February 12, 2016

Archives for April 27, 2012

Federal regulators close small bank in Grand Strand

Federal regulators have shut down a Grand Strand bank.

After closing Friday, the Federal Deposit Insurance Corporation took control of the Plantation Federal Bank, headquartered in Pawleys Island. The move also affects a small Greenville bank, First Savers, which was jointly chartered with Plantation. An annoucement Friday said that First Federal Holdings, Inc, of Charleston, has agreed to take control its assets. It will also share some of the now-defunct bank’s nearly $221 million in losses.

Those who have accounts at Plantation’s six branches don’t have to worry. ATMS, debit cards, and checks can still be used over the weekend without any impact. The branches will reopen as normal Monday under the name of First Federal. However, customers are asked to use the former Plantation branches until First Federal finishes a changeover of its accounts.

First Federal has dozens of branches along South Carolina’s coastal region.

[Read more…]

House approves tax credits to renovate abandoned buildings

Developers may soon get a big tax credit if they renovate and reopen blighted buildings under a bill that passed the South Carolina House this week. The “Abandoned Buildings Revitalization Act” is now headed to the state Senate after a unanimous vote Wednesday.

A vacant building at the former state mental hospital in downtown Columbia

It would give a 25 percent tax credit to businesses that invest at least $500,000 in a building which has been abandoned for five years or more.

Rep. James Smith (D-Columbia) cited a study from the Strom Thurmond Institute that found the law would create $20 in revenue for every dollar of credit. “These buildings are either not on the tax rolls or are on the tax rolls at a very low value and there’s no activity,” he told South Carolina Radio Network, “We’re going to change that and we’re going to ultimately see greater revenue for the communities in our state.”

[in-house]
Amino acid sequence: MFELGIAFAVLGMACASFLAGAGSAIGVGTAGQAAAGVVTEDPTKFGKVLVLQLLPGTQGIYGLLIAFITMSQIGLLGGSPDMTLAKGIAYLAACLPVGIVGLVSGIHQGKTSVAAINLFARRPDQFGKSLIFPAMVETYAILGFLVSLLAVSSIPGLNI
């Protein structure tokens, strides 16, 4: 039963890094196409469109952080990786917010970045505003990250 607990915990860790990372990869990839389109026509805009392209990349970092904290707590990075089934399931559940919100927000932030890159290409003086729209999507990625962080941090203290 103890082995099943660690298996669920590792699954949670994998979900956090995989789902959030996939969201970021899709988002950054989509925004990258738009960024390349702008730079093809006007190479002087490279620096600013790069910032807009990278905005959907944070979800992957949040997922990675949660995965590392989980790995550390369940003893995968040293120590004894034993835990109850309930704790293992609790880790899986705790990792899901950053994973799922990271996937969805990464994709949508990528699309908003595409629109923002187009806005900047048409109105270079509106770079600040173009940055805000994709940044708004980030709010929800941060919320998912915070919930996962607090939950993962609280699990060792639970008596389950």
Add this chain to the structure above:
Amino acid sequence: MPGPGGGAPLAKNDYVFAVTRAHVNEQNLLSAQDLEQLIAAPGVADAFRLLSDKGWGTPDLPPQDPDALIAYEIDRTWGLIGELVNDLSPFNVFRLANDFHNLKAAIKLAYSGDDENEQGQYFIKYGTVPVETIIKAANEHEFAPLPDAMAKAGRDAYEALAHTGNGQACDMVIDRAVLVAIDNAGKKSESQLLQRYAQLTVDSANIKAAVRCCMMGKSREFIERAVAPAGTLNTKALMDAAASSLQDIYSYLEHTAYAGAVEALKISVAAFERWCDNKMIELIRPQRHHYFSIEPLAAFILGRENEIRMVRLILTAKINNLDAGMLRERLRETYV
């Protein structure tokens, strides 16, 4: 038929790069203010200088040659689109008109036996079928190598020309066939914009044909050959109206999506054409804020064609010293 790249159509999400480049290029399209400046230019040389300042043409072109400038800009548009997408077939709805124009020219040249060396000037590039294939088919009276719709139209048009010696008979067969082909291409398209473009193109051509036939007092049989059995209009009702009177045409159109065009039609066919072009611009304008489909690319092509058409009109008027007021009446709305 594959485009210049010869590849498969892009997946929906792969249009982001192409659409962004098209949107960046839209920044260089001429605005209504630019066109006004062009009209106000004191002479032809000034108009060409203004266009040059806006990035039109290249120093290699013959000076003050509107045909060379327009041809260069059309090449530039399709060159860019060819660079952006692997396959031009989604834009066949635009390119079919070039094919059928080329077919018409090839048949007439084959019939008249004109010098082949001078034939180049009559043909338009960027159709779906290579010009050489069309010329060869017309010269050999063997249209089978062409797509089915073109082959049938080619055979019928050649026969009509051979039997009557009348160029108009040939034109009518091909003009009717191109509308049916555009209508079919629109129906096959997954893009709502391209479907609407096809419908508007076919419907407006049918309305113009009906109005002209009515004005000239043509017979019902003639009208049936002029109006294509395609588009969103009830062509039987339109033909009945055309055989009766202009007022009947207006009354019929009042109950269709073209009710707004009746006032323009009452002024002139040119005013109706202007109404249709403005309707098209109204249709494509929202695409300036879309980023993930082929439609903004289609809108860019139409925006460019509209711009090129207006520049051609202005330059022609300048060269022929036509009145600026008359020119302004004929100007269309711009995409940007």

AUDIO: Rep. Smith talks about “Abandoned Buildings Revitalization Act” (5:01)

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Boeing CEO: We made the right decision to come here (AUDIO)

CEO of Boeing Commercial Airplanes Jim Albaugh praised South Carolina, his newest teams of workers and the airplane they created in a high-tech rollout event in North Charleston. 

The North Charleston site is the third 787 plant for Boeing and a manufacturing first for South Carolina, “with more to come” Albaugh promises.

He spoke to thousands in a crowd of workers, media and political leaders Friday.

AUDIO: Albaugh speech at 787 rollout (8:42)

First Dreamliner rolls out of North Charleston

The Dreamliner, destined for Air India, exits Boeing assembly plant Friday

The Boeing plant in North Charleston rolled out its first brand new 787 in a festive ceremony Friday. Scores of dignitaries, including Governor Nikki Haley and former Gov. Mark Sanford, gathered with thousands employees to celebrate the occasion.

It’s the first time Boeing has assembled an aircraft outside of its manufacturing base in Washington.

The $750 million plant opened last year after the political controversy brought on by the National Labor Relations Board alleging that the aircraft manufacturer was building the nonunion South Carolina plant in retribution to the union strikes at the Washington State Boeing plant.

The controversy ended after the Machinists Union approved a four-year contract extension and the company promised that they would a build a new version of the 787’s in Washington.

Pilot dies in Anderson County plane crash

The pilot of a single engine plane was killed Friday afternoon when his plane crashed at the end of the runway at the Anderson County Regional Airport.

The pilot’s name has not yet been given by authorities, but investigators say he was from Cincinnati, Ohio and was flying a single engine Cirrus aircraft.

The pilot died at the scene of the crash. Two other people who were on the ground received burns when they tried to help the pilot. They are now being treated.

The cause for the crash is still unknown. Emergency crews remain at the scene.